A Greenpeace employee climbs a flagpole in front of the B.C. legislature the morning after a deal is reached between the NDP and B.C. Green Party to form a minority government. (Tom Fletcher/Black Press)

The conquest of rural B.C.

Urban environmentalists have occupied the NDP

The day after he was named B.C.’s premier-designate, John Horgan told a Vancouver radio station that stopping the Trans Mountain oil pipeline isn’t his top priority. It didn’t even come up in his first phone call with Prime Minister Justin Trudeau.

His first priorities, Horgan said after signing up the B.C. Greens to unseat the B.C. Liberals by one vote, are the opioid crisis, housing and reaching a lumber trade deal with the U.S. Since there’s little he can do about any of these things that isn’t already being done, this is a pirouette from protest to public relations, in the Trudeau style.

Horgan’s swearing-in as premier July 18 conveniently won’t allow him to attend the annual premiers’ meeting that week. It’s in Edmonton, hosted by fellow NDP Premier Rachel Notley, who has joined Trudeau in reminding Horgan he has no constitutional right to blockade a federally regulated resource project. Alberta reporters would want to know more about Horgan’s vow to use “every tool in the toolkit” to stop the upgrade of the only oil pipeline link from northern Alberta to the Pacific, delivering oil and refined fuels since 1954.

Fortunately for Horgan, he can temporarily hand off this promise to the international protest machine gathering to confront the pipeline project’s launch this fall.

West Coast Environmental Law, one of the network of well-funded organizations supporting the U.S.-led “Tar Sands Campaign,” has produced its own “toolkit” for monkey-wrenching Trans Mountain.

Their suggestions include “impose further processes and conditions on the Trans Mountain project related to matters within provincial jurisdiction” and “prohibit any new provincial approvals or permits, and suspend existing approvals until the additional processes and conditions have been satisfied.”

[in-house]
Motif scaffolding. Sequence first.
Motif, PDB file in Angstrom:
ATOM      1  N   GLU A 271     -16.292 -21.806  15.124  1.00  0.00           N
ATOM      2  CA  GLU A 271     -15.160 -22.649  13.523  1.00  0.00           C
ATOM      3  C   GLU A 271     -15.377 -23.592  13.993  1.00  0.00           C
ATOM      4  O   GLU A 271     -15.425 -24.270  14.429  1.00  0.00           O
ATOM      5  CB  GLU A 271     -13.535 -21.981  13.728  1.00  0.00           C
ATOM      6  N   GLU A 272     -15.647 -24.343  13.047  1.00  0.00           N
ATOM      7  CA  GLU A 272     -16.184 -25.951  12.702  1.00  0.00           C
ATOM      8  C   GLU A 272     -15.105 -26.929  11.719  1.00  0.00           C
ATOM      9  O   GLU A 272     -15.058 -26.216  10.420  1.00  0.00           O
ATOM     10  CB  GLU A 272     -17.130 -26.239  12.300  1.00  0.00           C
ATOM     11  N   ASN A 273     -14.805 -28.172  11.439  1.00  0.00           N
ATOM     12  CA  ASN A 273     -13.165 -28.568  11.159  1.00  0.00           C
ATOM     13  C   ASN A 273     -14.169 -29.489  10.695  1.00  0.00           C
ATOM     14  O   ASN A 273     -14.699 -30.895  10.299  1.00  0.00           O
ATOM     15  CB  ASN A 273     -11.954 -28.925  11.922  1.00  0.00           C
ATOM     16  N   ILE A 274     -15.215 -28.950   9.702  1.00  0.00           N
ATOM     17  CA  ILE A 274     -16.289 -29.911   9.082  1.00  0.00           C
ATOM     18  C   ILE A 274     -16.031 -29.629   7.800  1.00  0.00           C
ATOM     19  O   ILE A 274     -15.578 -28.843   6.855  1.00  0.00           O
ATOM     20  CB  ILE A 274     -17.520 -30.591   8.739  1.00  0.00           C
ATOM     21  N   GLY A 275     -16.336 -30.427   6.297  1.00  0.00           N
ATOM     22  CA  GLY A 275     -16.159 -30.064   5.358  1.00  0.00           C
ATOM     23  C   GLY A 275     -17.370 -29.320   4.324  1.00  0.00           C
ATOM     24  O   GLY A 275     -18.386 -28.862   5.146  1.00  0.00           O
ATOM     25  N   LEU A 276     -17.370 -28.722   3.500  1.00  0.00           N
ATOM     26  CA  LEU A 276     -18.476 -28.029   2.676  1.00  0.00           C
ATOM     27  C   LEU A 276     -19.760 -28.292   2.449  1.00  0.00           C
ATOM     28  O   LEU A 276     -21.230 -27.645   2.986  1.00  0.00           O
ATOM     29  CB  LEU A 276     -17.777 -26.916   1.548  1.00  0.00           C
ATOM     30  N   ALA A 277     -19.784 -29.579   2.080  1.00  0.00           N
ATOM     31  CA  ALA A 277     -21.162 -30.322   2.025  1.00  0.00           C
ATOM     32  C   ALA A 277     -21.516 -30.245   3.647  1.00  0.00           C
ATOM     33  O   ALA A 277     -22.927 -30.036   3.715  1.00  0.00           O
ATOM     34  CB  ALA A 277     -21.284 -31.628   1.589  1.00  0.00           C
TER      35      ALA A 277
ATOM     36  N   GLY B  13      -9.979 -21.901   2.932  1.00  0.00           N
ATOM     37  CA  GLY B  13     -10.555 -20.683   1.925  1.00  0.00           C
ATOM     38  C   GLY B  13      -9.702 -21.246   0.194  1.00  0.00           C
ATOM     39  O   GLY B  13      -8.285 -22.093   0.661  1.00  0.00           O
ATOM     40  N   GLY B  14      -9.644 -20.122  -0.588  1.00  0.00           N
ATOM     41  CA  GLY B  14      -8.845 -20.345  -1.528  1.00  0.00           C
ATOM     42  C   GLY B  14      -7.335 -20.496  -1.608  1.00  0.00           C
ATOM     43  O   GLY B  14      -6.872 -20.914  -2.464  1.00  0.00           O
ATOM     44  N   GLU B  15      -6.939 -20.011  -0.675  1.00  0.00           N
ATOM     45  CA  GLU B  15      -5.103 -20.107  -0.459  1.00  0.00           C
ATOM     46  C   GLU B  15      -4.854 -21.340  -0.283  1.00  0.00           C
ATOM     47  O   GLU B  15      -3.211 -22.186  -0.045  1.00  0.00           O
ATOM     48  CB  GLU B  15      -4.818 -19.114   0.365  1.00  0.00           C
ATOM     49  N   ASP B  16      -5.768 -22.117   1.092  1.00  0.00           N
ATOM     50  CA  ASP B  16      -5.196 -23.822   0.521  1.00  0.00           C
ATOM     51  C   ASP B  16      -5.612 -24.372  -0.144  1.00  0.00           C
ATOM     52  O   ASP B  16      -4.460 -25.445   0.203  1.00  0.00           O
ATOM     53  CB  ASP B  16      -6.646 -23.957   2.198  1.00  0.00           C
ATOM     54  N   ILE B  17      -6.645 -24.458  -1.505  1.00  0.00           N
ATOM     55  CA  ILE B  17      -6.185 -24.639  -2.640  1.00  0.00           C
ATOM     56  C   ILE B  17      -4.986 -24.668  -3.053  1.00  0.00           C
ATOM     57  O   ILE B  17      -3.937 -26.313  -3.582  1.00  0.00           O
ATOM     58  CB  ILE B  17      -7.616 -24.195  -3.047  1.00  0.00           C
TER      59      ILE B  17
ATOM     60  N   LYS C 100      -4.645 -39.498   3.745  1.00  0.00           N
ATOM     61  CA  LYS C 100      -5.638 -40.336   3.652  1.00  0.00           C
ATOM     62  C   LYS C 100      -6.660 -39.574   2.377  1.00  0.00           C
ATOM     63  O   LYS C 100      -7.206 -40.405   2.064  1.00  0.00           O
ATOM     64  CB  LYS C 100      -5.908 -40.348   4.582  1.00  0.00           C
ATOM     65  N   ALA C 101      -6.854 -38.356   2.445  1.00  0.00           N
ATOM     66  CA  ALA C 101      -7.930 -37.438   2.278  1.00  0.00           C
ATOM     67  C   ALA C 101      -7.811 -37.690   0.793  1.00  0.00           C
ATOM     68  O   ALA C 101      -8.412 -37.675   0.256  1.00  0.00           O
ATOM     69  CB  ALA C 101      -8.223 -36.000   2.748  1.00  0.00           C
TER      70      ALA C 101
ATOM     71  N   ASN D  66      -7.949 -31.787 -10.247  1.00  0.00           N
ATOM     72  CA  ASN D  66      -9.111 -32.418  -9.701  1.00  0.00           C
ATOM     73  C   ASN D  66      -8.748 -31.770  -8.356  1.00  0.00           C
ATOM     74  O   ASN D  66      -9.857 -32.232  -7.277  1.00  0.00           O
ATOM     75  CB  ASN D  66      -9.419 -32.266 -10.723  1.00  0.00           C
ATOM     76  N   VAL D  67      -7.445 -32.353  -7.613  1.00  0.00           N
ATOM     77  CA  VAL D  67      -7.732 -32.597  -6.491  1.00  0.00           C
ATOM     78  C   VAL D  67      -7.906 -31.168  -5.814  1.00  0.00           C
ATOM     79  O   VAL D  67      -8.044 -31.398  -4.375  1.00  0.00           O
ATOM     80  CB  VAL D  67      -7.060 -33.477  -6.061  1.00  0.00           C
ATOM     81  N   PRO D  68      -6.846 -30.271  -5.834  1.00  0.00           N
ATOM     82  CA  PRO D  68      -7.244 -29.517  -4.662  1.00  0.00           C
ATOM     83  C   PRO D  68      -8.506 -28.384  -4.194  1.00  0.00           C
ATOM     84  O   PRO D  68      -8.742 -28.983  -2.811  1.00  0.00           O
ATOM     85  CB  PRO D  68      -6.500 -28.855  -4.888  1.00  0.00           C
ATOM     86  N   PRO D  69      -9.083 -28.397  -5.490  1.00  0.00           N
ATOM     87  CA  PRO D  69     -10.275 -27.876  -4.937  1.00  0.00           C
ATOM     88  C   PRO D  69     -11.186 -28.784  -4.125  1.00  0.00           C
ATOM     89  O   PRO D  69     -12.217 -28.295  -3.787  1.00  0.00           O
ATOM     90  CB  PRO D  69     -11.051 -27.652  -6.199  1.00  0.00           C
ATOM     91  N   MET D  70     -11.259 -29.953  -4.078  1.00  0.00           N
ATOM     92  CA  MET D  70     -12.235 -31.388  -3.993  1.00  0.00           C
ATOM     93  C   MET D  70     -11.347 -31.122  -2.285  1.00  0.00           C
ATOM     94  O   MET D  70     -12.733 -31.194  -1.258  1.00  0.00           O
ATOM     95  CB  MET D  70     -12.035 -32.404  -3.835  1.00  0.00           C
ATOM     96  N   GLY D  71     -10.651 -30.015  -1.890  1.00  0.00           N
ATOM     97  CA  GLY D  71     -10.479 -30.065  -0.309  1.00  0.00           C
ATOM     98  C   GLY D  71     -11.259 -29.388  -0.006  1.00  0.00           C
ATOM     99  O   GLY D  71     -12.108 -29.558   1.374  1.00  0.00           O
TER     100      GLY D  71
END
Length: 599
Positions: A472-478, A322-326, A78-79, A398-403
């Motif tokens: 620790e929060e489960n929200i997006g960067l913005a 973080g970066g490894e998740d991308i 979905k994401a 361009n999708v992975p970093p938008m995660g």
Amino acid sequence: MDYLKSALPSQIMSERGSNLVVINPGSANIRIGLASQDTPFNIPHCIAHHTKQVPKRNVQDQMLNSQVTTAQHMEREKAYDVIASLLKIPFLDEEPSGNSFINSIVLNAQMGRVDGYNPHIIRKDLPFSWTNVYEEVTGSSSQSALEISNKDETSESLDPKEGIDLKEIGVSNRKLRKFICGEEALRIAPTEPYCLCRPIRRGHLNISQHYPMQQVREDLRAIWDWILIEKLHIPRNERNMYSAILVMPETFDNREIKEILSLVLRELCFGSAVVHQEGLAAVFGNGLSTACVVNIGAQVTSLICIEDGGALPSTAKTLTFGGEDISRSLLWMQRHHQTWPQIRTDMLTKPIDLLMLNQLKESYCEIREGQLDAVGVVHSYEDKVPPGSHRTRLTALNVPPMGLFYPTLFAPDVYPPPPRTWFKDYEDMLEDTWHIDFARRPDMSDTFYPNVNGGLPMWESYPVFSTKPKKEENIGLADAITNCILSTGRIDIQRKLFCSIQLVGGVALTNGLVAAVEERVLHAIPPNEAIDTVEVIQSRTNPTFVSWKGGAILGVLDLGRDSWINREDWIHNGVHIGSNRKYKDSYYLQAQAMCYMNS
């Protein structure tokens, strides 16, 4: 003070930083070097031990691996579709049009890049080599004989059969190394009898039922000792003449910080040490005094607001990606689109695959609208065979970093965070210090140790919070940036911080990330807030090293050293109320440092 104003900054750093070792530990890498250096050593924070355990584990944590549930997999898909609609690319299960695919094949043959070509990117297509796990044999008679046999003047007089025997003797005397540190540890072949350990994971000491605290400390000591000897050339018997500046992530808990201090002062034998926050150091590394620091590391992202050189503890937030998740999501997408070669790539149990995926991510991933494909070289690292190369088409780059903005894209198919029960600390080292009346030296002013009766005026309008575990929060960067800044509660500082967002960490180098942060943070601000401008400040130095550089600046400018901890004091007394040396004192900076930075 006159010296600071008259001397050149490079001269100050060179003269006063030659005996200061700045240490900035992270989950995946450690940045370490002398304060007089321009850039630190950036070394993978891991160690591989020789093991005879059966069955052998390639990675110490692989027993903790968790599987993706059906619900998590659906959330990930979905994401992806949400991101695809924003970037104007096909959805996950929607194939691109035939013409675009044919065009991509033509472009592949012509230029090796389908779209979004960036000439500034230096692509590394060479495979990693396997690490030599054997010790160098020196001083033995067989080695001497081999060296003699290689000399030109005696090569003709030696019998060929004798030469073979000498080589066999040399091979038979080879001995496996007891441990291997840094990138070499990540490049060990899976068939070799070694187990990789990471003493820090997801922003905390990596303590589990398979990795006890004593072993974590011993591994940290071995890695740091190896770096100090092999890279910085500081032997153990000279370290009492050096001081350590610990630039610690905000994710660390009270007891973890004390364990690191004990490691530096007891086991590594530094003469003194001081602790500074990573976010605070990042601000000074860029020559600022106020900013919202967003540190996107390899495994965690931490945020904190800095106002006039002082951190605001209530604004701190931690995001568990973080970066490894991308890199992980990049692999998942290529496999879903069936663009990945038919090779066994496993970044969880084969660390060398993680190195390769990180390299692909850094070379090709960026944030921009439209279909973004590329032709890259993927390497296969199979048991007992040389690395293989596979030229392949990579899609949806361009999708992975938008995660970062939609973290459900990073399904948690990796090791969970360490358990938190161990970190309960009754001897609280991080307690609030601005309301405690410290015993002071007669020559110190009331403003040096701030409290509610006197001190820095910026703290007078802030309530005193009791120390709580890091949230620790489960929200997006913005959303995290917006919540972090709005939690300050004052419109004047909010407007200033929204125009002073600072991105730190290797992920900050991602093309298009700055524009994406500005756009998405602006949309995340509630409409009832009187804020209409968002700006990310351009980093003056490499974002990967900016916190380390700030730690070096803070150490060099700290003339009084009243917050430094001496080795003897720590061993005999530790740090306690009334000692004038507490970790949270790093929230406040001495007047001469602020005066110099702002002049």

This is essentially the Adrian Dix playbook from 2013: re-establish a parallel provincial process to subvert the existing one. A mere 157 conditions were imposed by the National Energy Board, another 37 by B.C., and Kinder Morgan Canada has committed $1.5 billion extra for a B.C. environmental enhancement fund, thicker pipe, more drilled crossings and a tunnel through Burnaby Mountain.

Speaking of which, staff at Simon Fraser University have been among those enthusiastically preparing a replay of the Dakota Access pipeline standoff in the U.S. This spectacle created rather than prevented an environmental disaster, with a vast garbage-strewn squat and hundreds of vehicles abandoned for the U.S. Army to clean up before spring flooding.

These protests are not about protecting water. They’re about keeping petroleum fuels in the ground in selected places.

The appointment of Vancouver-Fairview MLA George Heyman as environment minister next week would cement the environmentalist takeover of the NDP. Heyman transitioned from president of the B.C. Government Employees’ Union to running the B.C. branch office of San Francisco-based Sierra Club before being elected in 2013.

Now all in with the war on (Canadian) oil, Horgan insists he supports natural gas exports. But so far he’s toed the professional protester line that the leading B.C. project, Pacific Northwest LNG, also hasn’t met a high enough environmental standard.

Most importantly, opponents insist no pipeline has met the United Nations standard of “free, prior and informed consent” by every possible Aboriginal title claimant. This is an absolute demand of Horgan and Green leader Andrew Weaver. It ignores federal Justice Minister Jody Wilson-Raybould’s insistence that this can’t simply be imposed on Canadian law.